Single Photon Emission Computerized Tomography

Also known as: SPECT, SPECT scan.

What is a single photon emission computerized tomography?

Single photon emission computerized tomography (SPECT) is a nuclear imaging test that shows brain/other organ function by measuring blood flow in the brain/organ.


What happens during the procedure?

A safe, short acting radioactive substance is injected into a vein in your child’s arm and a CT (computed tomography) scan is performed shortly thereafter.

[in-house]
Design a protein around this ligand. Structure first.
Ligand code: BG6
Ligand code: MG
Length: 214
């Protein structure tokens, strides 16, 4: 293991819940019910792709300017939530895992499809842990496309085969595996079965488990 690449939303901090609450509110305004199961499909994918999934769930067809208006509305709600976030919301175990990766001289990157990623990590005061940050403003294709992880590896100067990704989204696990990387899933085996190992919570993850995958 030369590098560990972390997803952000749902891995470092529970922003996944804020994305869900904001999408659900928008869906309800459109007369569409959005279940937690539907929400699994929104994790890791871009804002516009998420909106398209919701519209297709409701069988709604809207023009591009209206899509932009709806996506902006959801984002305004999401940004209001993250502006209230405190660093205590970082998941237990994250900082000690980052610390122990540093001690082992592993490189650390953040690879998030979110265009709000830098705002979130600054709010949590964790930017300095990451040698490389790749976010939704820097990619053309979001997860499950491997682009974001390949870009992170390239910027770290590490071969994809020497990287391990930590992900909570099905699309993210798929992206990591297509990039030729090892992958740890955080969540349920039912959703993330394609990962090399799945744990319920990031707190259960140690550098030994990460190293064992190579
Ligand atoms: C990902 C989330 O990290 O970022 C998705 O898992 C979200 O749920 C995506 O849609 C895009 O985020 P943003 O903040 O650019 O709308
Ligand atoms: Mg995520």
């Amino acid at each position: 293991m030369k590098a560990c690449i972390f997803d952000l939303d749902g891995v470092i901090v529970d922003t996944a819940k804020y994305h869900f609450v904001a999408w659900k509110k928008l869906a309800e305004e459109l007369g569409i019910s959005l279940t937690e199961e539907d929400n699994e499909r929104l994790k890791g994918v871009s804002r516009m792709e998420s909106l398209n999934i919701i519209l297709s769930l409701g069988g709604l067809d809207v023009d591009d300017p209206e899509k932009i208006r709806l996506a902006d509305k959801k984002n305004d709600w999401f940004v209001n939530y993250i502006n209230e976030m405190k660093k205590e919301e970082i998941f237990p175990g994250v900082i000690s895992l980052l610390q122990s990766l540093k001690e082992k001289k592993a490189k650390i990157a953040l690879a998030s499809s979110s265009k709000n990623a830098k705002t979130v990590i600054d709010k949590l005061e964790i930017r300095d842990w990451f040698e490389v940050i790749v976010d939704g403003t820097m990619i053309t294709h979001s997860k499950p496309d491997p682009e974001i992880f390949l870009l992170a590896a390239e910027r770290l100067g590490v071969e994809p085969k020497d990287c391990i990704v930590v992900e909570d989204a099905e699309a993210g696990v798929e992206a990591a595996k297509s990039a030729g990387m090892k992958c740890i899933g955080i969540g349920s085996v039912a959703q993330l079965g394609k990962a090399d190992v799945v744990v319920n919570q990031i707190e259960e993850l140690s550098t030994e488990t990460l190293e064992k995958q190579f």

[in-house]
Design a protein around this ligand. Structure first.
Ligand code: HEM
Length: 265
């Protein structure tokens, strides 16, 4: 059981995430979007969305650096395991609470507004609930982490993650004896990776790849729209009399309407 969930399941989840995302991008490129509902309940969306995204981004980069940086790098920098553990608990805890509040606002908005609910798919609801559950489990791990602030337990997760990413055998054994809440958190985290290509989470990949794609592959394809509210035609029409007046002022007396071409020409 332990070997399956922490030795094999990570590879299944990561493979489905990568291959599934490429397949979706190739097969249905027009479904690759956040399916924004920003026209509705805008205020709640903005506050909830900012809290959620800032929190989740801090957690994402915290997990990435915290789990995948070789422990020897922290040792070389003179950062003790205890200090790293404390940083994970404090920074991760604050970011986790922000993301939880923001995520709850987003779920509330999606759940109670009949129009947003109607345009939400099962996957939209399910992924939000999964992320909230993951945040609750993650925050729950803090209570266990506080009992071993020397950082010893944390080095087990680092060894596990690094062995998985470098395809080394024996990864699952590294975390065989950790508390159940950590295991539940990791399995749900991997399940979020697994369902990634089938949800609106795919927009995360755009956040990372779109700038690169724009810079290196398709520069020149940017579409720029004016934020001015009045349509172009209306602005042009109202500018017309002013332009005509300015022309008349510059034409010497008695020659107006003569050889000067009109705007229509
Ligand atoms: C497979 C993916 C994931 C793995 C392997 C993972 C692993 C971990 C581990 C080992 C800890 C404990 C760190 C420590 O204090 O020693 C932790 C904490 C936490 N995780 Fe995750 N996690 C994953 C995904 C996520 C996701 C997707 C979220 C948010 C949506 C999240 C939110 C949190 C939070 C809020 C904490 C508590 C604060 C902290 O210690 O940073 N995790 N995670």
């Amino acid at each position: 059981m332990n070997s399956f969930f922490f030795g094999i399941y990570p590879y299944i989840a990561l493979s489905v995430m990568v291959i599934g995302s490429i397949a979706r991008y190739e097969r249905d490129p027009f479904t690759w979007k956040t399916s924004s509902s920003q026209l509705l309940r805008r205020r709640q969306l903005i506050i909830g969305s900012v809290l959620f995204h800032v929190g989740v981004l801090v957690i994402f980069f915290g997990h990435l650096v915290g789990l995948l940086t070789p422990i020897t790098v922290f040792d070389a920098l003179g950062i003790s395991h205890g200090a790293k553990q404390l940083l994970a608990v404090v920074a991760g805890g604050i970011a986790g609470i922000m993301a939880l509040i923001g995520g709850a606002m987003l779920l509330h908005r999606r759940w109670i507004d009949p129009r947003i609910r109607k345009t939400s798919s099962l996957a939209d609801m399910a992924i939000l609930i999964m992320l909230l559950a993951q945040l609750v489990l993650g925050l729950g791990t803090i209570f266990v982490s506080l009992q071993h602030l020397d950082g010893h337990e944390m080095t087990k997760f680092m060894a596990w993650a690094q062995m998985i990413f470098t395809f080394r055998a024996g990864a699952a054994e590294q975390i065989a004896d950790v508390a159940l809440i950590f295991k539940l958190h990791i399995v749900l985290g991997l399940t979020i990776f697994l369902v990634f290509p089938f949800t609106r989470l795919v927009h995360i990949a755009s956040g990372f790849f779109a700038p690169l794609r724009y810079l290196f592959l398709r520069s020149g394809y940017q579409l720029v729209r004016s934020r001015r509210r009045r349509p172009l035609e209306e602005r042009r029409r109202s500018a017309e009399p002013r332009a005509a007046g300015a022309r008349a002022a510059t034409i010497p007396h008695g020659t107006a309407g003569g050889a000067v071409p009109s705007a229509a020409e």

Is any special preparation needed?

The patient may need to avoid food, drink or medication for a period of time before the test. All jewelry or anything metal should not be worn during the test.


What are the risk factors?

While radiation is a small risk, the material injected is quickly removed from the body and the benefits of the study far outway any small risk present. Inserting a small needle into a vein can (but not usually) be associated with pain, bleeding, swelling, infection and other problems.


Reviewed by: Jack Wolfsdorf, MD, FAAP

This page was last updated on: 9/6/2018 5:56:56 PM

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